Each year, Michigan wineries submit selected wines for judging at the annual Michigan Wine & Spirits Competition, held this year at MSU’s Kellogg Center Aug. 8. Expert tasters from around the state and across the country, picked by the Michigan Grape & Wine Industry Council, spent two days evaluating samples.
The judges included wine purchasers, wine makers, wine writers, winery proprietors, master sommeliers, masters of wine, wine educators, and others.
The panel was seriously highend.
So were many of the wines.
Some happy statistics wafted a background buzz across this year’s wine competition. Michigan’s wine grape acreage has more than doubled from 1,300 acres to 2,650 in the last 10 years, according to the state’s Department of Agriculture. Acreage devoted to Riesling, considered by many to be Michigan’s signature grape, has
nearly tripled, as has acreage devoted to Cabernet Franc and Pinot Gris. More than 40 grape varieties have at least two acres plantezd in Michigan, with even more varieties on smaller experimental plots. In 2011, Michigan ranked fourth in total grape production in the United Stated and fifth in wine grape production. (A substantial percentage of Michigan grape production is devoted to juice.) The number of commercial wineries in the state is up to 101, producing more than 1.3 million gallons of wine, from 32 wineries producing 400,000 gallons of wine in 2002.
These increases in production follow demand, and demand follows the ever improving and expanding quality of Michigan grapes and wine.
This year, 450 wines from 55 wineries were divided by “class,” e.g., dry red, dry white, semi-dry white, etc. The entrants were pared down to a manageable number of medal winners: six double gold, 36 gold, 42 silver, and 112 bronze.
Many perennial medal-winning wineries were in the gold, such as Bel Lago, Brys Estate, Chateau Fontaine, Chateau Grand Traverse, St. Julian, Black Star Farms, Fenn Valley, Gill’s Pier, Chateau Chantal, Karma Vista, Lawton Ridge, Left Foot Charley, L Mawby, Bowers Harbor Vineyard, Good Harbor Vineyards, and Peninsula Cellars. That was to be expected.
But newer wineries also made the grade, including Northern Natural Winery, Blustone Vineyards, Mackinaw Trail Winery, Boathouse Vineyards, big LITTLE, Hawthorne Vineyards, and White Pine Winery. Most of the wines were from the 2011 and 2012 vintages, both excellent yet very distinguishable from each other, 2012 being a much hotter, riper year. All of these wines are available direct from the wineries, and specialty retail shops should be able to secure any of them.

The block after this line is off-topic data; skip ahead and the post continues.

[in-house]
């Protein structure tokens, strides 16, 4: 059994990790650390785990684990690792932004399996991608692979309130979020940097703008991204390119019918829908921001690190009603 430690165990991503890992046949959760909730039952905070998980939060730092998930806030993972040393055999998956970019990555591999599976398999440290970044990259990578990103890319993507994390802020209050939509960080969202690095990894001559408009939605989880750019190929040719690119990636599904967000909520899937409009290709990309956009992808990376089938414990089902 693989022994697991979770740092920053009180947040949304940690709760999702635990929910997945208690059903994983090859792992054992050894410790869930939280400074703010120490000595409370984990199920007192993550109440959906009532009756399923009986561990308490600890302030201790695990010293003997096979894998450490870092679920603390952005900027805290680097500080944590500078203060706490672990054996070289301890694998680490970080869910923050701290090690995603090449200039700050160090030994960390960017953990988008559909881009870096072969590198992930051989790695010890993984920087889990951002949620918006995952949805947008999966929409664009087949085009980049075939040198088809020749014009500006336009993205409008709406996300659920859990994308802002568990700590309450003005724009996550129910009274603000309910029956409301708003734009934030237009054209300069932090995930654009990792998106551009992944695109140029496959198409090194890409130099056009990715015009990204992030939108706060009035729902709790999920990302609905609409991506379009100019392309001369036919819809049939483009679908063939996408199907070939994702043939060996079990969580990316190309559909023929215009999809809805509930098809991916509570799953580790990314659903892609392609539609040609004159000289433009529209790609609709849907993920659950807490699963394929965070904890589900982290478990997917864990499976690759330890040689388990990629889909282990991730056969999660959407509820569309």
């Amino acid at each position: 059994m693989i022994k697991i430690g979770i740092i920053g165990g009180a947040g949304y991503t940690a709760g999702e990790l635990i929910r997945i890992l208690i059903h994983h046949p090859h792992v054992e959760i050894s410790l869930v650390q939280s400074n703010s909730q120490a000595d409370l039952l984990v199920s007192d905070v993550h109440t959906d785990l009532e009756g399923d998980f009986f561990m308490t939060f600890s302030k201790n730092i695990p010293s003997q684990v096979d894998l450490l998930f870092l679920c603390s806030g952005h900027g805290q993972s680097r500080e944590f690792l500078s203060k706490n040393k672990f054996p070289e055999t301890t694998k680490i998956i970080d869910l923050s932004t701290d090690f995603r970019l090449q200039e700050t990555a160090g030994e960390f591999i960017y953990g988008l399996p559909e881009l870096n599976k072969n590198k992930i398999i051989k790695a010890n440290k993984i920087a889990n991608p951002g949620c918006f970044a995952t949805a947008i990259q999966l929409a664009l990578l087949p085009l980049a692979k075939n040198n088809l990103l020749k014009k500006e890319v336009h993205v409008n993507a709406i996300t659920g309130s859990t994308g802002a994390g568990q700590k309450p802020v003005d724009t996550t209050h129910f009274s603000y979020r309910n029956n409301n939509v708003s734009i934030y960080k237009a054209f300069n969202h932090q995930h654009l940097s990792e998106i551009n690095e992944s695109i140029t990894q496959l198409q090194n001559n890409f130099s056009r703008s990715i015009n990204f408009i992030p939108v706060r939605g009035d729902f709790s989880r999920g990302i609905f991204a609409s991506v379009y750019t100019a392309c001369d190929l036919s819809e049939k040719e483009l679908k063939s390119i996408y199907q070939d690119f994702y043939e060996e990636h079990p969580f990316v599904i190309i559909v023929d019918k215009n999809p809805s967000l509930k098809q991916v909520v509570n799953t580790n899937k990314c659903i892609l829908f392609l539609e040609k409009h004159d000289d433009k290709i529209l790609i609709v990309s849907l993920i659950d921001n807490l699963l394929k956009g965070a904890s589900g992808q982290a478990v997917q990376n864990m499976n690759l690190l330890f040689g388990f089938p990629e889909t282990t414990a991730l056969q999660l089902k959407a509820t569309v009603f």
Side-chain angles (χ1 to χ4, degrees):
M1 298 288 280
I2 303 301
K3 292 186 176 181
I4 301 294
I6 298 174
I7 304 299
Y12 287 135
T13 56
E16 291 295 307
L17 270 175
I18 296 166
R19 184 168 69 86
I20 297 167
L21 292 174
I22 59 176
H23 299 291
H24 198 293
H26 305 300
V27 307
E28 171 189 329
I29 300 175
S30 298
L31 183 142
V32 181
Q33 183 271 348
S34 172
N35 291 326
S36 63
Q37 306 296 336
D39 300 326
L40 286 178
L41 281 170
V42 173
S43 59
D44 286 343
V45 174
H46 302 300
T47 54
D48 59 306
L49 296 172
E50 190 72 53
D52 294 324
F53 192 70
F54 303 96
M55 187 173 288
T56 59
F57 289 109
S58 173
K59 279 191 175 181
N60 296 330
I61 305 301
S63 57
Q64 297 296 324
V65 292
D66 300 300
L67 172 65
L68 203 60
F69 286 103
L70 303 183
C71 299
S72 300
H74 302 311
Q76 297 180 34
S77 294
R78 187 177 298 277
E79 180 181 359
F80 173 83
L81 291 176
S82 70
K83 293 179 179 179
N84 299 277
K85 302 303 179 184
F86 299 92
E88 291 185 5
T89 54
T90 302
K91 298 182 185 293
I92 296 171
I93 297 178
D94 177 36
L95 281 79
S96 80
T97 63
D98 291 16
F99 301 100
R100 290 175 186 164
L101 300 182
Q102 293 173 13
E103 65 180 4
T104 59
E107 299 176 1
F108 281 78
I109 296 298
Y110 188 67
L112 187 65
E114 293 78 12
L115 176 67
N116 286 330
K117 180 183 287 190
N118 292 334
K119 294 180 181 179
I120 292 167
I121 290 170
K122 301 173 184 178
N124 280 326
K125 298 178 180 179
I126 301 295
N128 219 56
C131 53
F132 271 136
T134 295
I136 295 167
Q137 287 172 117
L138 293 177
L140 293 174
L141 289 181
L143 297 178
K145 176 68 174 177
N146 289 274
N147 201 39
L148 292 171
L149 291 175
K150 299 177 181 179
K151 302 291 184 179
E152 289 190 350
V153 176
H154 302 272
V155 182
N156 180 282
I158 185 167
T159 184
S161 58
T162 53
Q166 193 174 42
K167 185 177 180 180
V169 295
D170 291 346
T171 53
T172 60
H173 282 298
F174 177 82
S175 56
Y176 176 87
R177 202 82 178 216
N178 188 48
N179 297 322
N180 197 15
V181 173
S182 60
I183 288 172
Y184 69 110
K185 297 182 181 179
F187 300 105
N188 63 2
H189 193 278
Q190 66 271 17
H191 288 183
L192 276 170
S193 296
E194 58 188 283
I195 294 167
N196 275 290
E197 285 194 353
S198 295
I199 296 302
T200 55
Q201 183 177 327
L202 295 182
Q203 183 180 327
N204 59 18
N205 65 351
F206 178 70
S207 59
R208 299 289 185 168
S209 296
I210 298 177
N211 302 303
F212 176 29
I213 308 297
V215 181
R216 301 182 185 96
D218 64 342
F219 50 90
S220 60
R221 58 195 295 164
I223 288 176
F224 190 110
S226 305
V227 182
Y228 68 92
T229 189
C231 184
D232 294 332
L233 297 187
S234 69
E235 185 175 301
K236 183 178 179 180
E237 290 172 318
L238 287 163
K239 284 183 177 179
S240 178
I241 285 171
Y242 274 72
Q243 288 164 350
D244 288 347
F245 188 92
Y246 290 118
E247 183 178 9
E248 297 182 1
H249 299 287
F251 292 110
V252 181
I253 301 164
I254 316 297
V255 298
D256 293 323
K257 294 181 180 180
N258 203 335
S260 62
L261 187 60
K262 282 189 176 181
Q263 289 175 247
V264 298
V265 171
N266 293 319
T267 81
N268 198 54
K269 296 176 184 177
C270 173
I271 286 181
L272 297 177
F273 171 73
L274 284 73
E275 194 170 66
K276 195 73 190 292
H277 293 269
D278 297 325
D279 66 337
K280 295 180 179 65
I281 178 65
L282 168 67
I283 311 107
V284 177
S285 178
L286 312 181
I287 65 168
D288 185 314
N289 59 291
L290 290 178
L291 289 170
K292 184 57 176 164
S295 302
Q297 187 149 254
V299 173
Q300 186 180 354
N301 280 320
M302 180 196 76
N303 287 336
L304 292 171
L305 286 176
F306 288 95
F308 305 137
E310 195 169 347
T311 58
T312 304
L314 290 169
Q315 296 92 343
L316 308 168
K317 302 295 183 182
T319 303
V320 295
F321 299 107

Great wine is being made all over the state, and medal winners represented all wine growing regions, but it appears that this year the judges were most impressed with juice from the Grand Traverse Bay region. The best of class winners include two Leelanau Peninsula wineries, two Old Mission Peninsula wineries, one winery producing wines on both peninsulas, and one winery from the southwest Michigan Lake Michigan shore.
And the 2013 Best of Class winners are…
Dry White: Chateau Fontaine 2012 Pinot Blanc Dry Red: Peninsula Cellars 2011 Cabernet Franc Semi-Dry White: Boathouse Vineyards 2012 Knot Too Sweet Riesling Semi-Dry Red: Karma Vista Vineyards 2012 Devil’s Head Red Sparkling Wine: Black Star Farms 2012 Be Dazzled Dessert Wine: Brys Estate 2011 “Dry Ice” Riesling ice wine All medal winners were available for sampling, with food pairings, at the annual Gold Medal Wine Reception. Next year’s reception will be held at Kellogg Center on Aug. 7. Mark your calendar. For wine lovers, this event is not to be missed.
Harvest season is just around the corner, and it’s a great time for color touring and wine tasting. Many wineries host special events this time of year, so be sure to check them out.
In Vino Veritas (Michael Brenton is president of the Greater Lansing Vintner’s Club. His column appears monthly. You can email him at firstname.lastname@example.org.)
For more information
about Michigan wines and the 2013 medal winners, check out michiganwines.com.